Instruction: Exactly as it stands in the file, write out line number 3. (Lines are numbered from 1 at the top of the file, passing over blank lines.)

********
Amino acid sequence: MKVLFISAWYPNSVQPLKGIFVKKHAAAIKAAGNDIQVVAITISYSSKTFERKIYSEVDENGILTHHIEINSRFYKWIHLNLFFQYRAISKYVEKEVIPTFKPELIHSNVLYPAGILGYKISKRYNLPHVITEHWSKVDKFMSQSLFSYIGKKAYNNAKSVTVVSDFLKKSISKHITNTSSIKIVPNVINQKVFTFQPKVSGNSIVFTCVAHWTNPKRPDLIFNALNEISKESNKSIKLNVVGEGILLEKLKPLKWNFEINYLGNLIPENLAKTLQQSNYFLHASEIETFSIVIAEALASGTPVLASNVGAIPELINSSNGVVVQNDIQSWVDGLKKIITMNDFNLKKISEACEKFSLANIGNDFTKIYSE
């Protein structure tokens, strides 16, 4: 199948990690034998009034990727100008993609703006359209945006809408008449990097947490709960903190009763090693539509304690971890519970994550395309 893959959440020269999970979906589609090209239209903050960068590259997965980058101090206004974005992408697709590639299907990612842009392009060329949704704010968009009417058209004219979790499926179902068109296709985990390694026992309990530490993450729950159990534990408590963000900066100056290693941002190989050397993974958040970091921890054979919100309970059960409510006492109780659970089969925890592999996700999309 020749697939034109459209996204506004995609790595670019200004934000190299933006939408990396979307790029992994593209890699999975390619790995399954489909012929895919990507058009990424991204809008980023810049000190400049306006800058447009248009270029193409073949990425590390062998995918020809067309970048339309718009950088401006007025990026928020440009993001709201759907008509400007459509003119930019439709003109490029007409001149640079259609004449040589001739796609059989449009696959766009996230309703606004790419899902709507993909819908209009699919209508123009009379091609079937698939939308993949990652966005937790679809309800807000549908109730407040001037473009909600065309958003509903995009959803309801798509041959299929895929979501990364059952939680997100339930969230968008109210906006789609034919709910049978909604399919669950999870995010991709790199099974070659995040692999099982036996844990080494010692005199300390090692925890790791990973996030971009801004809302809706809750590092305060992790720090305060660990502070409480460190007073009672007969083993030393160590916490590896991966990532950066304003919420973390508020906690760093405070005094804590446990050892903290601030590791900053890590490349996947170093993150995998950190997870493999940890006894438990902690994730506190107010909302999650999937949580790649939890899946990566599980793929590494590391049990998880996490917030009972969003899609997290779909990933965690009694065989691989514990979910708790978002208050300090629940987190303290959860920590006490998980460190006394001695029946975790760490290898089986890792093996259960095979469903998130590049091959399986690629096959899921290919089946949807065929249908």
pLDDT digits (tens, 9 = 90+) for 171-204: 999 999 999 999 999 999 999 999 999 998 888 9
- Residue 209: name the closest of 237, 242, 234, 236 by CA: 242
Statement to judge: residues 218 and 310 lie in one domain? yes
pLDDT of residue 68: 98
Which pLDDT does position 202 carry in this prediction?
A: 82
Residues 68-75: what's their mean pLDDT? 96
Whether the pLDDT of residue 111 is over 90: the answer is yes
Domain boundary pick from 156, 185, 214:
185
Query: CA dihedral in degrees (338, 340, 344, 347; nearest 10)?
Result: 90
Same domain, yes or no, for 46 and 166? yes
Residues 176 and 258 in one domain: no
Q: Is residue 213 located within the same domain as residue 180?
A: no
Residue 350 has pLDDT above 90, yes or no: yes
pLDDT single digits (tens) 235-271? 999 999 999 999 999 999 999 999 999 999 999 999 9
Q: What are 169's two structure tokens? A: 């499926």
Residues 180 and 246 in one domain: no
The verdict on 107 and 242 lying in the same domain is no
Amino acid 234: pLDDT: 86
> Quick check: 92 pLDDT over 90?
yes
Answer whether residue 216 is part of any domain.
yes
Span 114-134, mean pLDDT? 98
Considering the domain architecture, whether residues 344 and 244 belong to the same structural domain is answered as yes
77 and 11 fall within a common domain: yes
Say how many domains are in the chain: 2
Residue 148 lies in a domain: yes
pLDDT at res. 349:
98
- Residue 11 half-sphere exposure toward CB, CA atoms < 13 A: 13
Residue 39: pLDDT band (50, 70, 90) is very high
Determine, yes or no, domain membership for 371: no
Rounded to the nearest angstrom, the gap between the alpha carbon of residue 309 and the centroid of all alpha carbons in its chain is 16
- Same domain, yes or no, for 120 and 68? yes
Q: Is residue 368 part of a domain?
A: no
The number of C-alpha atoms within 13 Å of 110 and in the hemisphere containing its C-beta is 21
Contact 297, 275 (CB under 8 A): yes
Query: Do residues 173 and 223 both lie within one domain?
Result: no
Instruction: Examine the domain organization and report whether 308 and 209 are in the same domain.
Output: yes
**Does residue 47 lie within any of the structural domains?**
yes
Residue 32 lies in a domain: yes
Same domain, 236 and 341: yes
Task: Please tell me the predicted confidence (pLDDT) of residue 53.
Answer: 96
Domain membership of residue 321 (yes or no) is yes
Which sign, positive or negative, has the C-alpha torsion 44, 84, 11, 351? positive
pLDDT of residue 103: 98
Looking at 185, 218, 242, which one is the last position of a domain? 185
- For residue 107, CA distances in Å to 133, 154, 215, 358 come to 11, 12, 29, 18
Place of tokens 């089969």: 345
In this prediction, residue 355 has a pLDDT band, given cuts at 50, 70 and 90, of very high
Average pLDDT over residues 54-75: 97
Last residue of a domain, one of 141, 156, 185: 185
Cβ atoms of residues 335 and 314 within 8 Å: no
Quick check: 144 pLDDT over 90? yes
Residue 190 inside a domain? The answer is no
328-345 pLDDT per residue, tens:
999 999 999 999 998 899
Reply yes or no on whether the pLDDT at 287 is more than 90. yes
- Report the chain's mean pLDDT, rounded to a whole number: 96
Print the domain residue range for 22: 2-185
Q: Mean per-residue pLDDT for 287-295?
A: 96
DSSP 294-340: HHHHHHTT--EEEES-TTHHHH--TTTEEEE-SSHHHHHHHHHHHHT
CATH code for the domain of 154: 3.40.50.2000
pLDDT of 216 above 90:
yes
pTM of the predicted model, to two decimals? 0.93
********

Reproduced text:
pLDDT digits (tens, 9 = 90+) for 171-204: 999 999 999 999 999 999 999 999 999 998 888 9